Dec 31, 2014
Otilia Coca, Mobile Photographer: Capturing Moments of Life
OC: My name is Otilia Coca and I live in Madrid, Spain.
How did you get started in mobile photography? What device do you use?
OC: I use an iPhone 5s. Generally speaking, you could say I have always been obsessed with the passage of time, and the ability to capture a specific moment, no matter how ephemeral or ordinary. Consequently, when phones started having relatively acceptable cameras (for me this happened more or less three years ago) I discovered the comfort of not having to carry my reflex with me at all times, whilst still being able to take a picture whenever something caught my attention. I particularly enjoyed the freedom this enabled, the opportunity to take a picture and edit it, no matter where I was or when this happened.
Do you have a traditional photography or art background?
OC: Creativity and the arts in general have always been a huge part of my life, mainly through painting, interior design, music (violin) and of course photography. As a teenager, my friends always remember me holding a camera. I was an autodidact, and generally taught myself most of what I know, through books and printing in B&W in my bathroom, despite my brothers and their constant complaints about the whole house smelling of vinegar! Back then painting was a big passion of mine and I enjoyed combining both. Apart from using all kinds of filters and different camera lenses, I loved experimenting with the pictures after printing them; I would paint over them with watercolors, gouaches, sand…etc, I loved using mixed media. When years later I discovered the apps that are nowadays available for editing, you can imagine how tremendously excited I was! However, since my passion didn’t have much of what many would call “commercial output”, I studied interior design and decorative painting, I formed a family and my albums became full of pictures of “cute little children” and some casual creative ones in between.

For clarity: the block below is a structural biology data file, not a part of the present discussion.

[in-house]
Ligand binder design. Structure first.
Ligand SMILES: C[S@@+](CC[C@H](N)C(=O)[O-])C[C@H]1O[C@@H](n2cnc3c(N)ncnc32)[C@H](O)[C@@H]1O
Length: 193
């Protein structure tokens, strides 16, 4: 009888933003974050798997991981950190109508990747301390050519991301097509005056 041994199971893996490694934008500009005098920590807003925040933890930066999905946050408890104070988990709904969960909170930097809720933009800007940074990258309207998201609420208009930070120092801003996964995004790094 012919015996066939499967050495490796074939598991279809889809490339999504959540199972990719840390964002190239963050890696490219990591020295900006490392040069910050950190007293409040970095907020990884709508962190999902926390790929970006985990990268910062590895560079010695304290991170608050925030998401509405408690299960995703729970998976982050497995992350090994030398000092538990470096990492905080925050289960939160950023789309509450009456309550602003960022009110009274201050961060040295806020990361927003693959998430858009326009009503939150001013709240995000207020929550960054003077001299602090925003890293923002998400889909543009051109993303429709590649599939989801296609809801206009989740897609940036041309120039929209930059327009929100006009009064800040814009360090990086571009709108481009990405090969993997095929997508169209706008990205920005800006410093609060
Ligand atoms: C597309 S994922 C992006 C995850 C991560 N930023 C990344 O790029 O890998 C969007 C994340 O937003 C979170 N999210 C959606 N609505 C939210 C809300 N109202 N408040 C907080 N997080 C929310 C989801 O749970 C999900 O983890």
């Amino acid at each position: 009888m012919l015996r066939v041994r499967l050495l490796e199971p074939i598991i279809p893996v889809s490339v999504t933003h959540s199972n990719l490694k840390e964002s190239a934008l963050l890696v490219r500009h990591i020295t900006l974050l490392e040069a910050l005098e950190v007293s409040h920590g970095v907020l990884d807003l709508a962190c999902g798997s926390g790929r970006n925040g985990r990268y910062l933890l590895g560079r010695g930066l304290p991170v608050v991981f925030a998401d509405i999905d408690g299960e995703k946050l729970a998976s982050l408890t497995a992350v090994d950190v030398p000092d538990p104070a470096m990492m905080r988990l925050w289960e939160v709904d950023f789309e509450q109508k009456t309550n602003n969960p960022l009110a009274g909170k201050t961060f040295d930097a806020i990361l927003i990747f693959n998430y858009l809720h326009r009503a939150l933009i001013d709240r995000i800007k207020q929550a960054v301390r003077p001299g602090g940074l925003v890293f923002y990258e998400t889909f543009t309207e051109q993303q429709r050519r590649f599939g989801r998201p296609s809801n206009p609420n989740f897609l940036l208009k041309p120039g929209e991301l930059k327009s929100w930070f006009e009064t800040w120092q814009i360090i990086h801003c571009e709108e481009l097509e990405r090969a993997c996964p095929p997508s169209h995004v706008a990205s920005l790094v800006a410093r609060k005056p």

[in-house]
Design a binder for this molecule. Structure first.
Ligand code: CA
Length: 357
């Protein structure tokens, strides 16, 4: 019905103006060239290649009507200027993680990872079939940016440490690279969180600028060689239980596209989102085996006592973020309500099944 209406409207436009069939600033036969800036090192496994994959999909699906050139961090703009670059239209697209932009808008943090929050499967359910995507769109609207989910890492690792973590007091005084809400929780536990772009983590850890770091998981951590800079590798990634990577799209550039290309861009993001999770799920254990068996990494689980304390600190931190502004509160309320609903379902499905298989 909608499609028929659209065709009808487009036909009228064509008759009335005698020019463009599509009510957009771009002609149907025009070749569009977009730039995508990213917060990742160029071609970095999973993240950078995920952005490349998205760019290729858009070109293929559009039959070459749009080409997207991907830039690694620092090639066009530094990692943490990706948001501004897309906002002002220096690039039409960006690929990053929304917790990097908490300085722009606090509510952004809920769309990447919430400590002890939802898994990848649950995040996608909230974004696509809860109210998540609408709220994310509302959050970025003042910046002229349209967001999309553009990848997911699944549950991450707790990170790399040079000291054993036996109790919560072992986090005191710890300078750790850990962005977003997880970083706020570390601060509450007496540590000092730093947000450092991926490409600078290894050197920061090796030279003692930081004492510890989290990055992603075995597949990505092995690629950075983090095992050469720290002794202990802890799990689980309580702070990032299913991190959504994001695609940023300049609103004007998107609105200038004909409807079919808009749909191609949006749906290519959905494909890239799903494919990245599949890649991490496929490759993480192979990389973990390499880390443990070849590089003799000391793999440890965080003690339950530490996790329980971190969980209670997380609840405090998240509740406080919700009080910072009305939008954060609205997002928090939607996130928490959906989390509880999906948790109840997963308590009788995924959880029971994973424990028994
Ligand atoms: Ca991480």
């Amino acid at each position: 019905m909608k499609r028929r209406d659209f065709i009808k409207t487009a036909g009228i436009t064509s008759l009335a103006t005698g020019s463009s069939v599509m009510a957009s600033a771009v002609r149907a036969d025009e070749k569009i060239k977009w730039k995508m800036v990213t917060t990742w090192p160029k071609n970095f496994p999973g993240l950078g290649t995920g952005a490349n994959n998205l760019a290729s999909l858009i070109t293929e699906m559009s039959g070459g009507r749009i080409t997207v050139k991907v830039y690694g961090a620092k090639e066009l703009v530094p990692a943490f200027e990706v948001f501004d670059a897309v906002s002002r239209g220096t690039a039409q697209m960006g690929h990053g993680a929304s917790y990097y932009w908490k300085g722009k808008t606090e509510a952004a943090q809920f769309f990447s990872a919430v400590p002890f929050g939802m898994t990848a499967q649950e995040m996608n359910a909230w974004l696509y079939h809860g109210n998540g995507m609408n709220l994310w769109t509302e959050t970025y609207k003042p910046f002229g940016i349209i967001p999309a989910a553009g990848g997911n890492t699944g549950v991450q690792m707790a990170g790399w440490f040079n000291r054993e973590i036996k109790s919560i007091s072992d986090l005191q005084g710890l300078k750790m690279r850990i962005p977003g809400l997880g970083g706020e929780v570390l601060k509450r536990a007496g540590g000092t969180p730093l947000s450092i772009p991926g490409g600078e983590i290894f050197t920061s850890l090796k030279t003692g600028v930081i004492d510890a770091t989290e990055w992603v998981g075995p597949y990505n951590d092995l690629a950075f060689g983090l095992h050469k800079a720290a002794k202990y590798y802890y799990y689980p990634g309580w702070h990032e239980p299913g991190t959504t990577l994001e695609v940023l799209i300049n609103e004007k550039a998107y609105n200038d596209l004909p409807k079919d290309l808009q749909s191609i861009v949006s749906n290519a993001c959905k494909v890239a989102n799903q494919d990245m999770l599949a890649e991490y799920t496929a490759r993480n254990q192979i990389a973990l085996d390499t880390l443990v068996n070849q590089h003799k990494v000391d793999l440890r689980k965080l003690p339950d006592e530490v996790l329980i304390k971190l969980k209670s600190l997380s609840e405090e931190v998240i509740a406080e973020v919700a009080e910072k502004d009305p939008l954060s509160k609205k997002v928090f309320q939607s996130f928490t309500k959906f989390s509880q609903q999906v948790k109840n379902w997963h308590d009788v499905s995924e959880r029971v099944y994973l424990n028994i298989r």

Who or what inspires you?
OC: I would say that everything inspires me, meaning there’s not something specific I would particularly highlight. Nonetheless, maybe because I have painted all my life and since a very young age, I have always been very interested in the way light affects everything, how it, metaphorically speaking, “happens” on things. I have always been fascinated by the way colors relate to one another, the contrast between objects and their textures; the beauty that can be found anywhere when one is willing to look at things closely enough.
What I personally love about Instagram, aside from the fact that it has become a huge source of inspiration for all, is also how it gives you a chance to enter someone else’s vision and their manner of looking at things; what it is they specifically focus on, their different approaches to beauty, and what captures their attention. The pictures I like the most are therefore those where you perceive a tiny glimmer of the photographer’s soul, a slight and subtle sample of their frame of mind. I believe those are the kind of pictures that evoke the most emotion; they bring a specific feeling or memory to mind, establishing a very special connection between the captured moment and the person who captured it.